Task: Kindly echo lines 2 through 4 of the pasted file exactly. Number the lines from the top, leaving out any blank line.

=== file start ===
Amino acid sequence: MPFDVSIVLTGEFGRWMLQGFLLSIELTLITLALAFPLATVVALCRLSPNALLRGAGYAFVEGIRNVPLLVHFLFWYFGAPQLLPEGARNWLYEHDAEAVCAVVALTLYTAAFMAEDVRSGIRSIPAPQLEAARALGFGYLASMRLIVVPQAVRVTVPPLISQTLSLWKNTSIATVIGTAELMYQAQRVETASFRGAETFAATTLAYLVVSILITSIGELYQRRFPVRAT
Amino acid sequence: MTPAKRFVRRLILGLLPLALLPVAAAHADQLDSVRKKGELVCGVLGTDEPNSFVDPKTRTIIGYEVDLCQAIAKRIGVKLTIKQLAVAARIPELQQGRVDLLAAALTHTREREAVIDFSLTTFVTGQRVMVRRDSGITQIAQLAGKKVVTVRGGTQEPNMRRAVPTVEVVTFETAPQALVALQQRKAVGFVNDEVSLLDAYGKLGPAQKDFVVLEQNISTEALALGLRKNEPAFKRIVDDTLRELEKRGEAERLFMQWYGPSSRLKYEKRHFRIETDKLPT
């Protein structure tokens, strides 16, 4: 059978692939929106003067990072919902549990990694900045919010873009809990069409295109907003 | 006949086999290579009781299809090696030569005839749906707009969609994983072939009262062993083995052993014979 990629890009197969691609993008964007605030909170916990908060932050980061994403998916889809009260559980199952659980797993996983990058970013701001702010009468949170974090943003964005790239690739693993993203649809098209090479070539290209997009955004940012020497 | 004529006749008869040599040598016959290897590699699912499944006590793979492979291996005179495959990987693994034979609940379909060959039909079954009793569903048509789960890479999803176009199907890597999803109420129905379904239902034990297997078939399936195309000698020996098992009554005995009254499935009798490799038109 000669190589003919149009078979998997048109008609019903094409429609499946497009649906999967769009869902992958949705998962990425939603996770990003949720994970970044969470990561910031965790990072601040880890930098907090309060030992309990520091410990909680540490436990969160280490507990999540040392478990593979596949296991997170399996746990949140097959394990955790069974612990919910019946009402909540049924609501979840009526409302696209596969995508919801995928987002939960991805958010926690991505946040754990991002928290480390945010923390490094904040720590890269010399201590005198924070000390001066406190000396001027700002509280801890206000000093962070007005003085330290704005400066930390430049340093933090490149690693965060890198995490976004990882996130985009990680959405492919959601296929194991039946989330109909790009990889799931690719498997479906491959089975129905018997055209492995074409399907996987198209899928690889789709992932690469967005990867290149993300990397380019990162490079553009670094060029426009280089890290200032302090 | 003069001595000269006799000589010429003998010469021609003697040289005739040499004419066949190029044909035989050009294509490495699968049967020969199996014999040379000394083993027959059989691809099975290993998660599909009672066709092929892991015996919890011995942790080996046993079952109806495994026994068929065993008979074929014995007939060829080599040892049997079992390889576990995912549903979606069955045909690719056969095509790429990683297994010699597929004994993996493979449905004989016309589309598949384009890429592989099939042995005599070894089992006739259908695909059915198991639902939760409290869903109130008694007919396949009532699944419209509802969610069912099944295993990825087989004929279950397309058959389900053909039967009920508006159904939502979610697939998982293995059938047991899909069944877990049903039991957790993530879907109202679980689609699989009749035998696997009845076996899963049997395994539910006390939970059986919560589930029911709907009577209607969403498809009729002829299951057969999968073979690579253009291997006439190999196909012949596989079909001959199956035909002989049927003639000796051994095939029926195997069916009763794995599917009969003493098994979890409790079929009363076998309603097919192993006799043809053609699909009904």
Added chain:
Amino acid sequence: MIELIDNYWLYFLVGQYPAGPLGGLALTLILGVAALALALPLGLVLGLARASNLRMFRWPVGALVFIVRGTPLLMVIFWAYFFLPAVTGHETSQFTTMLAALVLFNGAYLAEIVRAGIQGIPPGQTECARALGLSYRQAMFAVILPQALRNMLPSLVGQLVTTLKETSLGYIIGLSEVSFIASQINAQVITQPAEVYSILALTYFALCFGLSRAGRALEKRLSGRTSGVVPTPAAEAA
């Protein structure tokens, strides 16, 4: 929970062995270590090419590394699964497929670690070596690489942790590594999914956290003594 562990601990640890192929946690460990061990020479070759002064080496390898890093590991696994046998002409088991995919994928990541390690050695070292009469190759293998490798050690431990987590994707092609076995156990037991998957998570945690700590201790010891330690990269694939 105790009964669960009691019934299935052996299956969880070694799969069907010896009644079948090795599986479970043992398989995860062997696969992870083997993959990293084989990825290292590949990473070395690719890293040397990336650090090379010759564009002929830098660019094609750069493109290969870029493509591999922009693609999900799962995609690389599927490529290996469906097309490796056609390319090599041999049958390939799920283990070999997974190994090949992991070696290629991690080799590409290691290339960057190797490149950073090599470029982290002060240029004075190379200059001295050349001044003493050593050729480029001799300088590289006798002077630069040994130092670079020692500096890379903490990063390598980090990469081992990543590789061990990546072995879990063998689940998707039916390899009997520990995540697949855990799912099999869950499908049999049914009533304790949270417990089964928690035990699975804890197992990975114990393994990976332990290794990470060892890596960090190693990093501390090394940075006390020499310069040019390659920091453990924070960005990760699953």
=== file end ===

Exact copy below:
Amino acid sequence: MTPAKRFVRRLILGLLPLALLPVAAAHADQLDSVRKKGELVCGVLGTDEPNSFVDPKTRTIIGYEVDLCQAIAKRIGVKLTIKQLAVAARIPELQQGRVDLLAAALTHTREREAVIDFSLTTFVTGQRVMVRRDSGITQIAQLAGKKVVTVRGGTQEPNMRRAVPTVEVVTFETAPQALVALQQRKAVGFVNDEVSLLDAYGKLGPAQKDFVVLEQNISTEALALGLRKNEPAFKRIVDDTLRELEKRGEAERLFMQWYGPSSRLKYEKRHFRIETDKLPT
């Protein structure tokens, strides 16, 4: 059978692939929106003067990072919902549990990694900045919010873009809990069409295109907003 | 006949086999290579009781299809090696030569005839749906707009969609994983072939009262062993083995052993014979 990629890009197969691609993008964007605030909170916990908060932050980061994403998916889809009260559980199952659980797993996983990058970013701001702010009468949170974090943003964005790239690739693993993203649809098209090479070539290209997009955004940012020497 | 004529006749008869040599040598016959290897590699699912499944006590793979492979291996005179495959990987693994034979609940379909060959039909079954009793569903048509789960890479999803176009199907890597999803109420129905379904239902034990297997078939399936195309000698020996098992009554005995009254499935009798490799038109 000669190589003919149009078979998997048109008609019903094409429609499946497009649906999967769009869902992958949705998962990425939603996770990003949720994970970044969470990561910031965790990072601040880890930098907090309060030992309990520091410990909680540490436990969160280490507990999540040392478990593979596949296991997170399996746990949140097959394990955790069974612990919910019946009402909540049924609501979840009526409302696209596969995508919801995928987002939960991805958010926690991505946040754990991002928290480390945010923390490094904040720590890269010399201590005198924070000390001066406190000396001027700002509280801890206000000093962070007005003085330290704005400066930390430049340093933090490149690693965060890198995490976004990882996130985009990680959405492919959601296929194991039946989330109909790009990889799931690719498997479906491959089975129905018997055209492995074409399907996987198209899928690889789709992932690469967005990867290149993300990397380019990162490079553009670094060029426009280089890290200032302090 | 003069001595000269006799000589010429003998010469021609003697040289005739040499004419066949190029044909035989050009294509490495699968049967020969199996014999040379000394083993027959059989691809099975290993998660599909009672066709092929892991015996919890011995942790080996046993079952109806495994026994068929065993008979074929014995007939060829080599040892049997079992390889576990995912549903979606069955045909690719056969095509790429990683297994010699597929004994993996493979449905004989016309589309598949384009890429592989099939042995005599070894089992006739259908695909059915198991639902939760409290869903109130008694007919396949009532699944419209509802969610069912099944295993990825087989004929279950397309058959389900053909039967009920508006159904939502979610697939998982293995059938047991899909069944877990049903039991957790993530879907109202679980689609699989009749035998696997009845076996899963049997395994539910006390939970059986919560589930029911709907009577209607969403498809009729002829299951057969999968073979690579253009291997006439190999196909012949596989079909001959199956035909002989049927003639000796051994095939029926195997069916009763794995599917009969003493098994979890409790079929009363076998309603097919192993006799043809053609699909009904």
Added chain: